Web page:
However, if record companies start to restrict the rights to copy cd's, I guess we don't have to pay that fee anymore?

I think it's time we consumers have to seek out the courts, because we have to pay more and more over time for less rights -- somewhere something is not right.
Posted by tennapel (22 comments )
Reply Link Flag
In the USA too
The "tax" applies in the USA as well, and to blank tape as well. It is the absolute epitome of corporate greed.

Here's what they don't like. Consumers have caused a revolution in the way that music is distributed and listened to. The new model may have revenue possibilities for the artists, but the "middleman" is cut out of the game. And in the extortion business called entertainment, those "middlemen" are the record companies.
Posted by R. U. Sirius (745 comments )
Link Flag
ARE YOU SERIOUS???!!!!
This DRM thing is getting out of control. I'm officially done with buying music legally.

Soulseek here I come.
Posted by solano28 (2 comments )
Reply Link Flag
And the madness goes on.
When will these companies realize that any form of copy protection will hamper sales? Being a Linux user, I cannot play any music that has DRM included. This restriction has stopped me from purchasing any music from these labels over the past 3 years. I refuse to support any label that uses DRM to "protect their property" from piracy.
Posted by tonyric (1 comment )
Reply Link Flag
Censoring Music For Kids Not Possible
I currently censor some of my music by using Audacity (just in case the kids are around while I'm listening to it). With this copy-protected junk I believe this becomes impossible. You are then forced to buy the "clean" version which isn't always available. In any case, even with the "clean" CDs being available I'd still like to be able to edit the music and remove whatever content I don't like my kids to hear.

Copy protection- no thanks! I won't be buying any EMI and Sony BMG music in future. At least there are some labels that aren't doing this kind of thing yet.
Posted by (2 comments )
Reply Link Flag
Boycott DRM
"Copy protection- no thanks! I won't be buying any EMI and Sony BMG music in future. At least there are some labels that aren't doing this kind of thing yet."

Keep boycotting DRM and the other labels will see that their decision to avoid DRM is the right decision. You can bet that the other labels are keeping a close eye on this. If we give in to DRM and buy from EMI and Sony BMG, then the other labels will see that we are willing to have our rights trampled upon and they will jump on the DRM bandwagon. Boycott DRM!!
Posted by (61 comments )
Link Flag
BS Story ... Technically and Ethically
Apple not only did not, not comment, THEY SAID IT WAS UNTRUE

Of course CNET will post it anyway. But lets take a step back.

How if the bleeping world doe a media device, that does NOT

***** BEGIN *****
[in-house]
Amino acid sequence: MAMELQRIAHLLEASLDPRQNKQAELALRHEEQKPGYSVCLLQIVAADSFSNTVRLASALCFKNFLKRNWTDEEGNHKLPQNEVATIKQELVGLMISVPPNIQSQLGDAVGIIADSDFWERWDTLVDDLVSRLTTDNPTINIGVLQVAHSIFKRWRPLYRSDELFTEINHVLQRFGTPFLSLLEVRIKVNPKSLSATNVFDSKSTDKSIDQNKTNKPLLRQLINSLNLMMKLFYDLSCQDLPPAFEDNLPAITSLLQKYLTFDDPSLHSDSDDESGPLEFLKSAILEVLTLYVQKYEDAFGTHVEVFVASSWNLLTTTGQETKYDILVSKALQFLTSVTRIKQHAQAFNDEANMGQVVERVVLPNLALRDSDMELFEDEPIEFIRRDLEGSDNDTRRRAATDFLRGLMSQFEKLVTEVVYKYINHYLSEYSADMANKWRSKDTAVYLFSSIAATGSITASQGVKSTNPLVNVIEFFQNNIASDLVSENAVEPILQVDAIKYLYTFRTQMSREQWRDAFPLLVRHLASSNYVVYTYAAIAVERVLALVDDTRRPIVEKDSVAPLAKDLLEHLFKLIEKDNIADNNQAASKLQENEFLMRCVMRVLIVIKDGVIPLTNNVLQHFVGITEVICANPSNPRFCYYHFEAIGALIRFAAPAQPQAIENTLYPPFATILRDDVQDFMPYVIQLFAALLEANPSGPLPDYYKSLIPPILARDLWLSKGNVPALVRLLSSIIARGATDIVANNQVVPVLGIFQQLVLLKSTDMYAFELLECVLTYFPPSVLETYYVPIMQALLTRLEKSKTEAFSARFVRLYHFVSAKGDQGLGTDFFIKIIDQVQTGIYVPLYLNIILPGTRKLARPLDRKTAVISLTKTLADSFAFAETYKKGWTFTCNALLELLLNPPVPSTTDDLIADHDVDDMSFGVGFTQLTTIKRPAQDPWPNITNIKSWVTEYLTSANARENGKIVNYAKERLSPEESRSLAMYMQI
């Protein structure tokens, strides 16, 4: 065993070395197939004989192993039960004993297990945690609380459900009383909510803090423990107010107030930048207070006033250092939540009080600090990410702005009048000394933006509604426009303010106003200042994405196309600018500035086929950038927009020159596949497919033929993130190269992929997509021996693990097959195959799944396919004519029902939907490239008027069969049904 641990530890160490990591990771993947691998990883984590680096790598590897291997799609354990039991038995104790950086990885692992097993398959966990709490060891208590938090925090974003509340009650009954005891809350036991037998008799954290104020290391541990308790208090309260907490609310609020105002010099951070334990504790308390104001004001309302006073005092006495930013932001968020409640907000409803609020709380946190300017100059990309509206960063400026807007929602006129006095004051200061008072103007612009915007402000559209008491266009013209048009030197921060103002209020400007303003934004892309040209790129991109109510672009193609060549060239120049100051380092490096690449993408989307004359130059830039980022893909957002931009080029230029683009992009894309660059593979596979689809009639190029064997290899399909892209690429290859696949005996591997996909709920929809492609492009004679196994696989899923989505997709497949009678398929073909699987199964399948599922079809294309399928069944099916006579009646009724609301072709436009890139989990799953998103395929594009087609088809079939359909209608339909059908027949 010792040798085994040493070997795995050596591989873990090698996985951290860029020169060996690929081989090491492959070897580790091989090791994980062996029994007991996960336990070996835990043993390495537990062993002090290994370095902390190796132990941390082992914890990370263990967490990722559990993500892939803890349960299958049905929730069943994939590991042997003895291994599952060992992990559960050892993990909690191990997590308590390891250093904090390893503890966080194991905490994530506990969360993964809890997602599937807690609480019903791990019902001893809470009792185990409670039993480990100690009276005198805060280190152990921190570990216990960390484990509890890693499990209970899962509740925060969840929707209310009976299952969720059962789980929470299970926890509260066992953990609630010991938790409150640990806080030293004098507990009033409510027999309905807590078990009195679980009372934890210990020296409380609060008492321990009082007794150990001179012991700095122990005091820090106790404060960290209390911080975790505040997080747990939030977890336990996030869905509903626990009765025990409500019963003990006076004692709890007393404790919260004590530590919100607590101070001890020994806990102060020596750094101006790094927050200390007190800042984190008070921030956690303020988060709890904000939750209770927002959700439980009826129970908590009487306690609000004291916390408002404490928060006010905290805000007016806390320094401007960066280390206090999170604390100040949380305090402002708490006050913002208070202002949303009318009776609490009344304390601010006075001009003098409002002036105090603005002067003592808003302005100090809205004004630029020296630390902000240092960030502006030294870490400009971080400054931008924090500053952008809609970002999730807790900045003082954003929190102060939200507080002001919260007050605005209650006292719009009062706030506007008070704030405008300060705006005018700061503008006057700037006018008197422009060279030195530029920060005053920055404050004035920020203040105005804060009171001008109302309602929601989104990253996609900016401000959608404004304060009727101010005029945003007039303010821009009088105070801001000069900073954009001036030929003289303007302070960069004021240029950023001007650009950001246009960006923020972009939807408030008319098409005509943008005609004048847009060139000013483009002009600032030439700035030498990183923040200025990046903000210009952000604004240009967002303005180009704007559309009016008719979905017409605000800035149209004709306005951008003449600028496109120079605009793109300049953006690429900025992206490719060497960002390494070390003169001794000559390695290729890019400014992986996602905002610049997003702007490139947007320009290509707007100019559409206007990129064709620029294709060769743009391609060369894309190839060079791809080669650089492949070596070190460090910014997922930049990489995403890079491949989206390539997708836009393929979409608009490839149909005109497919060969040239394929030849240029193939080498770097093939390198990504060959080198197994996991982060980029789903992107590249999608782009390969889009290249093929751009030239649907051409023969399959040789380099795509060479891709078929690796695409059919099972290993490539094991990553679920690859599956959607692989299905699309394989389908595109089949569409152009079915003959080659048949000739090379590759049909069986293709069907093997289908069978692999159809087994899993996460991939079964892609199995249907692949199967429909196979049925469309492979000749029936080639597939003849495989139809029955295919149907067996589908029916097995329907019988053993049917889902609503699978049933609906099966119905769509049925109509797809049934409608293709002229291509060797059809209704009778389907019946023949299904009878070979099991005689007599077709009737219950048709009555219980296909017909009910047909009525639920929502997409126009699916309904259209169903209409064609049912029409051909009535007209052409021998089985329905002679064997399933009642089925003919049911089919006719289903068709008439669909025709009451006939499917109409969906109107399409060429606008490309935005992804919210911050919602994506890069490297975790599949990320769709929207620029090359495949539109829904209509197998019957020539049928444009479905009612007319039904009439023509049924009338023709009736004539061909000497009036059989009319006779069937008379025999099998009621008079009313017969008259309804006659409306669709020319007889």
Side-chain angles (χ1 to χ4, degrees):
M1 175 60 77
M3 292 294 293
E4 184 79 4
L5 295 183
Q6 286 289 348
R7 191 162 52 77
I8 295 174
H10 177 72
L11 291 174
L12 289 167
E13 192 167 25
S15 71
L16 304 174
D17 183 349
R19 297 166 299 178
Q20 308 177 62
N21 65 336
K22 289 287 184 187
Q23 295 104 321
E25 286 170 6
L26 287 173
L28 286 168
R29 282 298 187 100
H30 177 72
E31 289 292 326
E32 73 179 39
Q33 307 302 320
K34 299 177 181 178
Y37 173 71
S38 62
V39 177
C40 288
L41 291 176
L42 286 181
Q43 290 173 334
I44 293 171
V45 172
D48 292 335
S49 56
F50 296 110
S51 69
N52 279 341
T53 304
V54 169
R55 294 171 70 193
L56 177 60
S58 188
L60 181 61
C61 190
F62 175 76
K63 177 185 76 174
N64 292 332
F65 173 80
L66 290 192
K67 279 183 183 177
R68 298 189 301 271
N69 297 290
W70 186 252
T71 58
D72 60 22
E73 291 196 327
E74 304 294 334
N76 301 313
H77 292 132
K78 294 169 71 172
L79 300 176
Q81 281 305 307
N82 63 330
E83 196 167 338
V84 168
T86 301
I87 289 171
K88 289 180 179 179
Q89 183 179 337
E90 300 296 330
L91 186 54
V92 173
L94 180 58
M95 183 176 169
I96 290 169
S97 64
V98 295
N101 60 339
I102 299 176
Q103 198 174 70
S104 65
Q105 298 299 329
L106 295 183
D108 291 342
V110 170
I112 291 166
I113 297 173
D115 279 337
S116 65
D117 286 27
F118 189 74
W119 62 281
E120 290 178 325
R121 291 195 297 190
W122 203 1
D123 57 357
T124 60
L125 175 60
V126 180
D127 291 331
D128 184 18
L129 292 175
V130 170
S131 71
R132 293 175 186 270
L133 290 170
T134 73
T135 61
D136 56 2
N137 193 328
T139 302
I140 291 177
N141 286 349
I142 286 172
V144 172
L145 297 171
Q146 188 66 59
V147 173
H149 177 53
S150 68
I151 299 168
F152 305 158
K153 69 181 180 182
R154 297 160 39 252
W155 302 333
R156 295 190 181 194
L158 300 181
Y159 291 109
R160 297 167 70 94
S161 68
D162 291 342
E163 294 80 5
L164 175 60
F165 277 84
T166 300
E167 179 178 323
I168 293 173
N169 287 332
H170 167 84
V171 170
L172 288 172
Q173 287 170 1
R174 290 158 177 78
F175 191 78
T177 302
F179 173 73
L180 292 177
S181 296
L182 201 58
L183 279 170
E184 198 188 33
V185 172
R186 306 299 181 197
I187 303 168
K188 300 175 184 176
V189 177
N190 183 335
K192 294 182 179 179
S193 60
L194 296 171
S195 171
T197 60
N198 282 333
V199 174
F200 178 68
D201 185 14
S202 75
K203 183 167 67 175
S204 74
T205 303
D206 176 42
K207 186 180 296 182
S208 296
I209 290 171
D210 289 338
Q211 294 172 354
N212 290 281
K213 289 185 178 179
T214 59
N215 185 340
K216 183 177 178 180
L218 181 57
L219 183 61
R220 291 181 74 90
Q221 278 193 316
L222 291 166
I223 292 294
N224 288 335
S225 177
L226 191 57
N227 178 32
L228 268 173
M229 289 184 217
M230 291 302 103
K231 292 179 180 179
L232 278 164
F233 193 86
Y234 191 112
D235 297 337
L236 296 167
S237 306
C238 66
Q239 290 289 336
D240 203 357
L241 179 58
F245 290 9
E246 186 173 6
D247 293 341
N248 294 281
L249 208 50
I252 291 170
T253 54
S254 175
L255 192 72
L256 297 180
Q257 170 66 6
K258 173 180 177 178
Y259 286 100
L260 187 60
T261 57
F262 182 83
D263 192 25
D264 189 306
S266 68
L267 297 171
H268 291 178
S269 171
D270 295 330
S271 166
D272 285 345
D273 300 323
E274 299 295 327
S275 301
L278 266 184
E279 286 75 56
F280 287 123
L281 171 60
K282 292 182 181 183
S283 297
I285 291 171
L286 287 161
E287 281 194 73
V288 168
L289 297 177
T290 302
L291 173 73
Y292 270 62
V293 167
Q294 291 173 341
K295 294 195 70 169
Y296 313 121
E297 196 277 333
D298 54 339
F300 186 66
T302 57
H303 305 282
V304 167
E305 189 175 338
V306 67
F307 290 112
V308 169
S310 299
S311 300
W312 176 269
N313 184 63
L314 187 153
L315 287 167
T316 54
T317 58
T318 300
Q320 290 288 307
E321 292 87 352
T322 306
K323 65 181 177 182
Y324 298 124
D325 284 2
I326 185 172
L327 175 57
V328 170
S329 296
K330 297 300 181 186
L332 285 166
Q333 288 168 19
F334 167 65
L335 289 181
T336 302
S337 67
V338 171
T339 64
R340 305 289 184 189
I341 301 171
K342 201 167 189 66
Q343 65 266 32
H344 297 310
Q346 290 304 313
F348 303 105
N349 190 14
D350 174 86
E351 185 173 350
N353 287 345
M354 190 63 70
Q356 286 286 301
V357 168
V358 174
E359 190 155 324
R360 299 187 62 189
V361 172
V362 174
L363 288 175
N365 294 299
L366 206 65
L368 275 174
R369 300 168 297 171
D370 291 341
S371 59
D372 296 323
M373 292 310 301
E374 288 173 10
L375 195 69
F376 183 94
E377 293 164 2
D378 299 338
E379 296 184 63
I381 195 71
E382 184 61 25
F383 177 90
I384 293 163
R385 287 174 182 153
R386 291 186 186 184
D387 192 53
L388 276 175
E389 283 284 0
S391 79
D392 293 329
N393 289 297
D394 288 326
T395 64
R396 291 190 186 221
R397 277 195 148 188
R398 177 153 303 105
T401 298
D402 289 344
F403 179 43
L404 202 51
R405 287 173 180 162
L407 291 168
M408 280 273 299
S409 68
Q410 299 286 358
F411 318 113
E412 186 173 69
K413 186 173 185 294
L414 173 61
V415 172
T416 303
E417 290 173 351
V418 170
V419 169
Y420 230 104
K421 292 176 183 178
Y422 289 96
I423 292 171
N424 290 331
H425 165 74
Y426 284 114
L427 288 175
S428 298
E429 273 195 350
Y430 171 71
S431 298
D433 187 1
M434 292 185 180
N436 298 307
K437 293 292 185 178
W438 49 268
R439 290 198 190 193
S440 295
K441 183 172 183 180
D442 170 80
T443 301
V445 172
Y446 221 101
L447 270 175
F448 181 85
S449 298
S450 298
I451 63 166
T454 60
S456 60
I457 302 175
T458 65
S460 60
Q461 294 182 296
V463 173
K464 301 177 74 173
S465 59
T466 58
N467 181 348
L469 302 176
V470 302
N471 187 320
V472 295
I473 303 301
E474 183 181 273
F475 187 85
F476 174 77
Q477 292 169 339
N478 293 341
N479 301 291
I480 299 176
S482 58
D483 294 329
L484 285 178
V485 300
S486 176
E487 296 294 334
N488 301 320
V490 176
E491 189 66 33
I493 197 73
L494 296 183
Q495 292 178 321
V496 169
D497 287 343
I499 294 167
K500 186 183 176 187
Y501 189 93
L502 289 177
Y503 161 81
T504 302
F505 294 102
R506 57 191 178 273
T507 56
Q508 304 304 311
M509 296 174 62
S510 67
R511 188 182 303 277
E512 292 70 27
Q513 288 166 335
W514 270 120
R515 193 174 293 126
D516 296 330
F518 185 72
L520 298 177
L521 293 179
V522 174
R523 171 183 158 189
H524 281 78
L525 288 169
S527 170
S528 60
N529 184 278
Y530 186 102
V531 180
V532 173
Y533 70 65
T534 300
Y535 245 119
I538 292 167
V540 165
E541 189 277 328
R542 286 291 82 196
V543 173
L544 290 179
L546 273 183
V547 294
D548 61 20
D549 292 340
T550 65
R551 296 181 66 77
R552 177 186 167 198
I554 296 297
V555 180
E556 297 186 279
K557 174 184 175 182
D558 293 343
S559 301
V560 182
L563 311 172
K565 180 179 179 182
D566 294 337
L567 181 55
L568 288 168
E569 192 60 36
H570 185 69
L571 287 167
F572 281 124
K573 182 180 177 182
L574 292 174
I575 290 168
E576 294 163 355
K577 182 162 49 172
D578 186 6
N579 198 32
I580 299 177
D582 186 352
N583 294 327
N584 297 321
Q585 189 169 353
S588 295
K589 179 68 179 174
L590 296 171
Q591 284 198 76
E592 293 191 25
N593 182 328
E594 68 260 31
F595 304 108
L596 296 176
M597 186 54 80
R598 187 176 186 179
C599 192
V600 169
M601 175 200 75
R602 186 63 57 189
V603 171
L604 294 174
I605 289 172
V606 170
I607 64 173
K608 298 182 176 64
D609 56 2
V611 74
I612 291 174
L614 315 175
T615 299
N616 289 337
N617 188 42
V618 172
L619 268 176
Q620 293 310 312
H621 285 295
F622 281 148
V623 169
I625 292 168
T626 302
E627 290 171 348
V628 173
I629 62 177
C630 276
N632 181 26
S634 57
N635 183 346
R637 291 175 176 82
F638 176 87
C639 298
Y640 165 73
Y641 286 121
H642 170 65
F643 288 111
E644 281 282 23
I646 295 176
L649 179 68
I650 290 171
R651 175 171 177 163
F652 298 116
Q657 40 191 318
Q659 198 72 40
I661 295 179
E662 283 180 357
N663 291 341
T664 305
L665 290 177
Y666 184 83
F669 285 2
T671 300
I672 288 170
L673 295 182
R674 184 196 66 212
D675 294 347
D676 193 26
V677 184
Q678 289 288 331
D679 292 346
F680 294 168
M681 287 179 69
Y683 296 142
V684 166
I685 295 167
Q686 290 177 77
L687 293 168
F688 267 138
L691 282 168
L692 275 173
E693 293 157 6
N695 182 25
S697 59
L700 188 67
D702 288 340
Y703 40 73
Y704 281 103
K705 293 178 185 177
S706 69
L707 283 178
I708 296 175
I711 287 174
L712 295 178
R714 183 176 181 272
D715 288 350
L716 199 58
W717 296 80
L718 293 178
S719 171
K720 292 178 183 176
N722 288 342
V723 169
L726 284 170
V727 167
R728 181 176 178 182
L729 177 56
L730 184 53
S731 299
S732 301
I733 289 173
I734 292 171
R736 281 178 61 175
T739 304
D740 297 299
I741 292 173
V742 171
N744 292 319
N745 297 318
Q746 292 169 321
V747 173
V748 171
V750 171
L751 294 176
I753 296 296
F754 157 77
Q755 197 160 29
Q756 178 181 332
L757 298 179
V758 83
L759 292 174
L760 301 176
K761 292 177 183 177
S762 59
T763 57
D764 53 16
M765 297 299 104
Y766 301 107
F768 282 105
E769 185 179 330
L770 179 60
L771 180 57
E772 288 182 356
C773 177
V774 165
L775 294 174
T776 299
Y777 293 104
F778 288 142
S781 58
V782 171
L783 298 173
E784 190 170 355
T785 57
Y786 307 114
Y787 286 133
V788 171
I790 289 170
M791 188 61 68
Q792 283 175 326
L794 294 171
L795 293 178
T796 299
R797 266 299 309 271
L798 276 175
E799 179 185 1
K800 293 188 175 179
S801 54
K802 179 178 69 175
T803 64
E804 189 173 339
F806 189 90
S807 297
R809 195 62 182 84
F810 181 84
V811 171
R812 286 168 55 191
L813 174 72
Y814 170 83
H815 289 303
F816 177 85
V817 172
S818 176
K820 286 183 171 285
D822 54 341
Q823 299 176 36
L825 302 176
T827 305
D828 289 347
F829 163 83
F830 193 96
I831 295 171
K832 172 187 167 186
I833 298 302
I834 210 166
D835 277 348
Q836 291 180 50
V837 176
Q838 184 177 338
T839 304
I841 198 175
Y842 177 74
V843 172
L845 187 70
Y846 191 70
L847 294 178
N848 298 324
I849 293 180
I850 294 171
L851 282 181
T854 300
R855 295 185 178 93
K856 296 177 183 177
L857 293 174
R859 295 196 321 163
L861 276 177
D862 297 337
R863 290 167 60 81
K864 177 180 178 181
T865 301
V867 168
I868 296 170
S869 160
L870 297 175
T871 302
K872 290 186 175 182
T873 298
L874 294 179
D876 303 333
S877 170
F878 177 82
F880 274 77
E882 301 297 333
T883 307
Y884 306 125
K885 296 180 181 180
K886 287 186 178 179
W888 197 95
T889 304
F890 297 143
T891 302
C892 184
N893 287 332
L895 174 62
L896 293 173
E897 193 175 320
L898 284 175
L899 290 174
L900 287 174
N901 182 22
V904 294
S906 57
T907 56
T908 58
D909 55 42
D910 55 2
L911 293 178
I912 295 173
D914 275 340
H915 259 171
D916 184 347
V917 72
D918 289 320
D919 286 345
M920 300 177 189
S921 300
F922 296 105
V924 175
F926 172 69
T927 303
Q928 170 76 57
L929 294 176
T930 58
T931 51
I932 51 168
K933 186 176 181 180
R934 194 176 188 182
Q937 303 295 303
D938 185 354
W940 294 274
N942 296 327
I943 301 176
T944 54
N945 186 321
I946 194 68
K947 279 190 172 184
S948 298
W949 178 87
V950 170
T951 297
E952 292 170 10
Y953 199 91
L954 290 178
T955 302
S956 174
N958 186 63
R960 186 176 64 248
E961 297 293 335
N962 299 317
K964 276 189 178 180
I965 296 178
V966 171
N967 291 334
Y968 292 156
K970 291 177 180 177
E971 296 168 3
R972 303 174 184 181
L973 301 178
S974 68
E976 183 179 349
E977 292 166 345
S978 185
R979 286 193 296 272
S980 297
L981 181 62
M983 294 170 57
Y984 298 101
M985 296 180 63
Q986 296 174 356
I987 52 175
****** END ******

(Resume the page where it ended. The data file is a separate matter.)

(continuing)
have a CD player attatched to it HAVE ANYTHING TO DO WITH
CD copy protected software!? ANSWER ... NOTHING, NADA , ZIP

Ok, so NOW you are going to say you didnt write the article
correctly (OF COURSE YOU DIDNT) and that you meant the DRM
encryption of the song track. Hmmmmm, once again, the iPod
has a list of supported file formats, and if it isn't one of them,
then once again BULL-SHI-T.

I am really, and truly, coming to such a degree disgust for these
slanderous stories .... I wonder, can CNET have the caca SUED
OUT OF THEM FOR PRINTING INTENTIONALLY FALSE
STATEMENTS TO AFFECT THE MARKETPLACE?!!!
Posted by Thomas, David (1947 comments )
Reply Link Flag
I think you missed something!
<quote>
However, Apple disputed EMI's characterization of its plans.

"The information EMI provided regarding iTunes and iPod compatibility with Macrovision's technology is not true and we have no idea why EMI made this statement," Apple said in a statement.
</quote>

CNET had this article because obviously they're try to show both sides of the story. At least they reported both sides of the story.
Posted by aabcdefghij987654321 (1721 comments )
Link Flag
CNET can't stay consistant...
FIRST PARAGRAPHS: Not only no but Hell No!

However, Apple disputed EMI's characterization of its plans.

"The information EMI provided regarding iTunes and iPod
compatibility with Macrovision's technology is not true and we
have no idea why EMI made this statement," Apple said in a
statement.

NEXT PARAGRAPH: Ignoring Apple's statement totally,

If true, the agreement would mark a substantial step forward for
advocates of copy-protecting CDs, even as the ongoing
controversy over Sony's actions has cast the practice into
controversy.

'IF TRUE'!!!!!!, and it is absolutely NOT true based upon all
evidence so far. CNET is trying to create news, not just report
news.

Next we'll have someone claiming that Apple is thinking about
building a Bridge to Mars, and Apple will say 'no way, no how'
and CNET will say, "if true, it will cut driving time substantially".

Just how dumb can a story get?
Posted by Earl Benser (4310 comments )
Reply Link Flag